Health September Plateau Living
bone up on the change
By Dr. Jill Monster
Menopause is not a disease, but it can cause symptoms that are disruptive to daily life. Thankfully, for most women a well-managed menopause can be a welcome change and lead to a vibrant and productive life stage. Menopause occurs when your menses has stopped for one year. In the U.S., the average age of menopause is 51, but a “normal” menopause can occur between ages 35 and 55. “Perimenopause” can begin as long as 10 years prior to menopause and is defined as the time period when hormones begin to drop.
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The main female hormones are estrogen and progesterone, and to a lesser degree testosterone. Estrogen is the hormone that is most associated with femininity. During your reproductive years, it builds up the lining of the uterus and keeps skin plump and bones strong. Progesterone balances estrogen and is largely responsible for the timing and consistency of the menstrual cycle. Testosterone increases libido and helps you build muscle mass. During perimenopause, progesterone is usually the first hormone to drop. This often leads to increased PMS, anxiety, insomnia and changes in your menstrual cycle. Estrogen levels tend to drop closer to menopause. This can trigger hot flashes, vaginal dryness, cognitive changes, thinning skin, incontinence and lower sex drive. There are also changes you can’t see like thinning bones and increasing cholesterol levels. Lower libido and loss of muscle tone are at least partly due to lower testosterone levels. Some women are unfortunate enough to experience all of the negative symptoms of menopause while other women breeze through the transition relatively unscathed. If intervention is needed for menopause, it can vary from diet and lifestyle changes to hormone replacement therapy.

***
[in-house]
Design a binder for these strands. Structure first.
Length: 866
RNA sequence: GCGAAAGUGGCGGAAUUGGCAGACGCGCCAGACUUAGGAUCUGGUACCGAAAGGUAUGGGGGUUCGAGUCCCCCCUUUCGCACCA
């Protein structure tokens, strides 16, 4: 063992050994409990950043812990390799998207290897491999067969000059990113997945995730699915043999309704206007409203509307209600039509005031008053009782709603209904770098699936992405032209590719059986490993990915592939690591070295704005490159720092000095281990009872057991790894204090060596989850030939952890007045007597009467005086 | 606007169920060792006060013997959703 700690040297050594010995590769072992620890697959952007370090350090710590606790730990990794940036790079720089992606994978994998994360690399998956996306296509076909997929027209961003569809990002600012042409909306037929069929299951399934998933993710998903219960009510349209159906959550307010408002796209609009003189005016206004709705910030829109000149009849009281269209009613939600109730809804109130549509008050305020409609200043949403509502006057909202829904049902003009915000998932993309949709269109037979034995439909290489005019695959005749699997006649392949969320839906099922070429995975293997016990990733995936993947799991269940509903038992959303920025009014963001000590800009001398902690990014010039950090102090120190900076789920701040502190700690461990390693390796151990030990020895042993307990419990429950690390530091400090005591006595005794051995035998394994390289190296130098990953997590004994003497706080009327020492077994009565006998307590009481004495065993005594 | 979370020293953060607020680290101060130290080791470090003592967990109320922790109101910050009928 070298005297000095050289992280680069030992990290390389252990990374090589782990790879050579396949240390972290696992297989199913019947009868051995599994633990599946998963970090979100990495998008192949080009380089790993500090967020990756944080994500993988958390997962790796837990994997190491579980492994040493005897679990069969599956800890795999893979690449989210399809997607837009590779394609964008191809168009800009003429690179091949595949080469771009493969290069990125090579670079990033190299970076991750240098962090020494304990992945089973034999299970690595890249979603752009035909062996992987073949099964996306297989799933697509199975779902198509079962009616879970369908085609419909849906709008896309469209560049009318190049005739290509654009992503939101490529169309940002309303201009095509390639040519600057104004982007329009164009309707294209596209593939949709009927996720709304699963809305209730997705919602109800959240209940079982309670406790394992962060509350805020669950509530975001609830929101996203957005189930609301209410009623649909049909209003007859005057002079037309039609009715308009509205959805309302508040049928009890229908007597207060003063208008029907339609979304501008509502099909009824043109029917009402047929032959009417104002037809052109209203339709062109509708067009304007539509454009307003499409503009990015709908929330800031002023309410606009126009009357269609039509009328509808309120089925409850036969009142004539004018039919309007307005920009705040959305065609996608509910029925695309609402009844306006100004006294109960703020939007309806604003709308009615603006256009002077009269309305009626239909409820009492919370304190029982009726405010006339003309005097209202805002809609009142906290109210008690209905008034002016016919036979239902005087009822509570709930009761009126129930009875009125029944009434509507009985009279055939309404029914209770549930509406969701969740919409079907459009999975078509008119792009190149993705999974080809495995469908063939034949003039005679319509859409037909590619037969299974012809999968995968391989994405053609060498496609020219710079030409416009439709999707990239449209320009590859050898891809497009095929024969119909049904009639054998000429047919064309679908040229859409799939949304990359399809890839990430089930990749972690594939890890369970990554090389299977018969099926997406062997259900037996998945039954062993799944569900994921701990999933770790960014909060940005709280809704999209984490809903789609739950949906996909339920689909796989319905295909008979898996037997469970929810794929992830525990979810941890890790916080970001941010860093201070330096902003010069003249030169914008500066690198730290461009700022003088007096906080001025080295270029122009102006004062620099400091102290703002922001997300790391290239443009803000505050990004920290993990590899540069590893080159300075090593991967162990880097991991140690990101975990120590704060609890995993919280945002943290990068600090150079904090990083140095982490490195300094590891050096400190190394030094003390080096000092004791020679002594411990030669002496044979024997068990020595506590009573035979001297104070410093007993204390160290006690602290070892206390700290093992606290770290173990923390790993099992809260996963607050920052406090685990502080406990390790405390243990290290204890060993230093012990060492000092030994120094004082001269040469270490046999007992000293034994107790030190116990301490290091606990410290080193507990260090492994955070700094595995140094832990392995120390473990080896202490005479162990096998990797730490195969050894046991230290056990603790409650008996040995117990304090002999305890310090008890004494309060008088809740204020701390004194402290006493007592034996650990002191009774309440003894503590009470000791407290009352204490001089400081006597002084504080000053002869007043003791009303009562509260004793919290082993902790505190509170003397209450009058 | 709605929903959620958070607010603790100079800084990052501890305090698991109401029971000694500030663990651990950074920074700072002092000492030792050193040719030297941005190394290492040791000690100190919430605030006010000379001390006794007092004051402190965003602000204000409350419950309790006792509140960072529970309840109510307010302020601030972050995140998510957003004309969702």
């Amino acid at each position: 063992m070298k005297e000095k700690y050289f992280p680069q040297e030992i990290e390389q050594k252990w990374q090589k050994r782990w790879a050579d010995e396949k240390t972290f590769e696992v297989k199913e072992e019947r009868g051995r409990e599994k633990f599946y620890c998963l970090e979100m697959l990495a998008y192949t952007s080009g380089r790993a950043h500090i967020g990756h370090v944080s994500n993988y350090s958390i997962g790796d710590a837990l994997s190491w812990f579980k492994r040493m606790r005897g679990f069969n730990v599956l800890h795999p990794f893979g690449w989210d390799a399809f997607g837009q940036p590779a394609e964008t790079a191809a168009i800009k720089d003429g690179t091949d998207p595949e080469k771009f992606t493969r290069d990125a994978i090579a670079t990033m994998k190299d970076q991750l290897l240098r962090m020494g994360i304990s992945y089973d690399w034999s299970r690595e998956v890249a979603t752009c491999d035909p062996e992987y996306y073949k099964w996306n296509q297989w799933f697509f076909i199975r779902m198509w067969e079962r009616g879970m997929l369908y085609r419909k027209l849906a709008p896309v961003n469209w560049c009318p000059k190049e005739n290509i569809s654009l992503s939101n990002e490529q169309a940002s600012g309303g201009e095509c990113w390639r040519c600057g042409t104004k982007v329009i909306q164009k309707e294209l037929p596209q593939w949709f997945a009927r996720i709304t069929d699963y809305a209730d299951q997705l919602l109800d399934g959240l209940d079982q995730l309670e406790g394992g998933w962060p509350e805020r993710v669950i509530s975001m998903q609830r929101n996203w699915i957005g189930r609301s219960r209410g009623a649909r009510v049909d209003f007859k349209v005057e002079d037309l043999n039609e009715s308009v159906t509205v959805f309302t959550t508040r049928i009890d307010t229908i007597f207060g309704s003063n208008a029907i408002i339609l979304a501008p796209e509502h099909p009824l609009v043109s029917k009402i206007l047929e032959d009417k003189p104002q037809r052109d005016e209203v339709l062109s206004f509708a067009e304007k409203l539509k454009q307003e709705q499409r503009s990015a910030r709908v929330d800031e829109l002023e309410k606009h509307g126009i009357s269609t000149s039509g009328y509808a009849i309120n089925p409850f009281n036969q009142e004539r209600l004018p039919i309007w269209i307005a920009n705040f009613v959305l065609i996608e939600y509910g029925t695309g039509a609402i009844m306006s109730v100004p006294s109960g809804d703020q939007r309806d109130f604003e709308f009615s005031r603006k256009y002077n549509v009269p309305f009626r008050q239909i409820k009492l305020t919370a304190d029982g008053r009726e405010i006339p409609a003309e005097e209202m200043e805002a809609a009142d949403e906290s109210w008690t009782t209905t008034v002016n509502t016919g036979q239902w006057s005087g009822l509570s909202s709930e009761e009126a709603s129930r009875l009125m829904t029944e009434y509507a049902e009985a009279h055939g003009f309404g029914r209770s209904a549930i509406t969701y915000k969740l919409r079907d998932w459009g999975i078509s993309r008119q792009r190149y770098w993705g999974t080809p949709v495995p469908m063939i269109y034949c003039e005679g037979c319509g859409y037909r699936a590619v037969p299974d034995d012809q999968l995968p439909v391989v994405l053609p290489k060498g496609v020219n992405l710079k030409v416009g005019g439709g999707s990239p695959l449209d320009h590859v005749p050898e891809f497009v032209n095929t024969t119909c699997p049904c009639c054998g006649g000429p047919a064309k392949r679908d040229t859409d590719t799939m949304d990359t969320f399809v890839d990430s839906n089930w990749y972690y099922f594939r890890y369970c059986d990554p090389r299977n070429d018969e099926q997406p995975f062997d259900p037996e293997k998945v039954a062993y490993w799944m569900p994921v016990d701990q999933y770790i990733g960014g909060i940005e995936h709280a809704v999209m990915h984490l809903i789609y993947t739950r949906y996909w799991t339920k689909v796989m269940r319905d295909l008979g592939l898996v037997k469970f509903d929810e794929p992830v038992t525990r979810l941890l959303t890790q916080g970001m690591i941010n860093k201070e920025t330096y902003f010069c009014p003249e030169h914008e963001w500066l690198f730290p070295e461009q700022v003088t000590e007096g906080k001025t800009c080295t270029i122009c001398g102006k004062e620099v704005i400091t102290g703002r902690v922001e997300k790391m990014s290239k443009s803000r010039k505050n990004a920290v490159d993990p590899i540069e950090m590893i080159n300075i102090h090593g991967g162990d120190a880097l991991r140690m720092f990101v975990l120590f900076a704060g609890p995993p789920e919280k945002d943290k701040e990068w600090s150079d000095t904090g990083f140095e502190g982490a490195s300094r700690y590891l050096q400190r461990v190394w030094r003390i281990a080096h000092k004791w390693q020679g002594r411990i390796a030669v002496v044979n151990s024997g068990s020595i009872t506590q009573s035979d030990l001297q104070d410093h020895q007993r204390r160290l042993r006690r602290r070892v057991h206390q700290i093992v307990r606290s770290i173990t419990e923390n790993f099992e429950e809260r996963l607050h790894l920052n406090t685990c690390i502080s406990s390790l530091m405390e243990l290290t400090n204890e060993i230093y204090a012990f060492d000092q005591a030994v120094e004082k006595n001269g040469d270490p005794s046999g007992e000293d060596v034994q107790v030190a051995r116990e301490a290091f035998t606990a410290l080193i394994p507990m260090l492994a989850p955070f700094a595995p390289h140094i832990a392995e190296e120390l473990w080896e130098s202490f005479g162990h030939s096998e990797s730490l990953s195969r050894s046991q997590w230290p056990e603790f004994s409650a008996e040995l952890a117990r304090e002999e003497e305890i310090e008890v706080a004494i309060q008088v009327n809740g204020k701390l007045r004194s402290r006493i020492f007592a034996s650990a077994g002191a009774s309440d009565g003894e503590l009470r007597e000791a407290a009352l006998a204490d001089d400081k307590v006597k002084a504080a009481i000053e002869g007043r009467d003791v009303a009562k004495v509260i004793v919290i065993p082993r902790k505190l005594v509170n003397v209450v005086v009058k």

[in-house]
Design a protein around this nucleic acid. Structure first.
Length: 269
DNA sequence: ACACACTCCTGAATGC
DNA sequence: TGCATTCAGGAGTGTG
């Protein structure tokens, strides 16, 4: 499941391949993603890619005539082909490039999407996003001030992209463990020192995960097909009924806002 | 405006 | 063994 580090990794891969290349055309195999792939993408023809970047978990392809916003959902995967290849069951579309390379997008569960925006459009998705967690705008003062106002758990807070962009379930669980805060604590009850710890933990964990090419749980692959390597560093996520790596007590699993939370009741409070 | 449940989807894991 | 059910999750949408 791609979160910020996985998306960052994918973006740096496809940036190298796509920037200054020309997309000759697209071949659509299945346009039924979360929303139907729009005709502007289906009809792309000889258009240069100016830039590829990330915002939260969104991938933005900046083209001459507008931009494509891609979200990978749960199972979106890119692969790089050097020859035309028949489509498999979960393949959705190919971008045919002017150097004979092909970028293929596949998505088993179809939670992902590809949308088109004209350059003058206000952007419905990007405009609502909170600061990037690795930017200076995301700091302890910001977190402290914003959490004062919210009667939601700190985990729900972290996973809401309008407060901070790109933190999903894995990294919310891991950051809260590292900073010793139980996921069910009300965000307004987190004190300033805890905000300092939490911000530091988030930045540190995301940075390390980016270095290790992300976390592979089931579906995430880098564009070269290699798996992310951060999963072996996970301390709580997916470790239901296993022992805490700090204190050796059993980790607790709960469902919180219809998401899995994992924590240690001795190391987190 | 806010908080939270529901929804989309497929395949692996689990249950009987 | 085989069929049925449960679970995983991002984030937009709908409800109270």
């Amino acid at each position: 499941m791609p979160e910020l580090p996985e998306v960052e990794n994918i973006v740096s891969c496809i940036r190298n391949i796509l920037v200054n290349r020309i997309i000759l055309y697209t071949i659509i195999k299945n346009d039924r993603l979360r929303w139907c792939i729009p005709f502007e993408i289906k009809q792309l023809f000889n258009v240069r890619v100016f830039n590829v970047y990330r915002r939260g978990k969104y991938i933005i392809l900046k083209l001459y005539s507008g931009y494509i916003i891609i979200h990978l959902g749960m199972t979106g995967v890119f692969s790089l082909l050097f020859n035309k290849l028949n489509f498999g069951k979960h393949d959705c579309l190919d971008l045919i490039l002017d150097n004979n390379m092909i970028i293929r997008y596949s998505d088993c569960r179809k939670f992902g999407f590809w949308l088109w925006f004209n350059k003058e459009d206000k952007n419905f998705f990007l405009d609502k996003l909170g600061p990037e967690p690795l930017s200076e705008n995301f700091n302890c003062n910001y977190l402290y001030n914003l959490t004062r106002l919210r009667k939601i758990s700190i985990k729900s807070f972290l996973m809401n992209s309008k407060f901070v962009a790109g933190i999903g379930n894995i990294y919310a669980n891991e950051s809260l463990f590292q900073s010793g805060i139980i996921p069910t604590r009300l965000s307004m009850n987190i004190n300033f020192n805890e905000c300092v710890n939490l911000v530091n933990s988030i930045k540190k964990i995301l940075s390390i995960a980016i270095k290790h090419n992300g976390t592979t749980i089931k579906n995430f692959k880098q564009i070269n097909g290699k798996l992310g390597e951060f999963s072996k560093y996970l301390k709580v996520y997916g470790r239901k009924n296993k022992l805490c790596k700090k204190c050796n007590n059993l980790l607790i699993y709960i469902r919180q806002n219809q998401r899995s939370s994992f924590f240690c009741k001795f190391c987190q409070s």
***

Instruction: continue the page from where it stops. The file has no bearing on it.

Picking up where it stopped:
Diet and Lifestyle: During the menopausal transition, a healthy diet becomes more important. Sugar is enemy #1. Exercise is your new best friend. You may notice that you are not coping with stress as well as you have in the past. It is time to give in to relaxation and rejuvenation. Acupuncture can be a particularly effective treatment during these transition years. Ask your doctor to recommend nutritional supplements. Botanical Medicines: These have been used to manage menopausal symptoms for hundreds if not thousands of years. Plant medicines should only be used under the advice of a physician.
Hormone Replacement Therapy (HRT): HRT means prescribing estrogen, progesterone and sometimes testosterone to manage menopausal symptoms. These can be synthetic or “bio-identical.” Bio-identical hormones are made from plants and are identical to the hormones in created in our body, rather than being made of synthetic compounds. They come in many different forms including creams, patches, liquids and capsules. They are available at regular pharmacies or can be custom blended at compounding pharmacies. With HRT, most women get relief from their menopausal symptoms fairly quickly. However, not everyone is a candidate for hormone replacement therapy. Your doctor can discuss risks and benefits with you. Schedule an appointment with your doctor to have an open and honest discussion about your concerns. This area of medicine is rapidly evolving. A physician that works frequently with patients experiencing menopause can help you make informed decisions about how to navigate symptoms.
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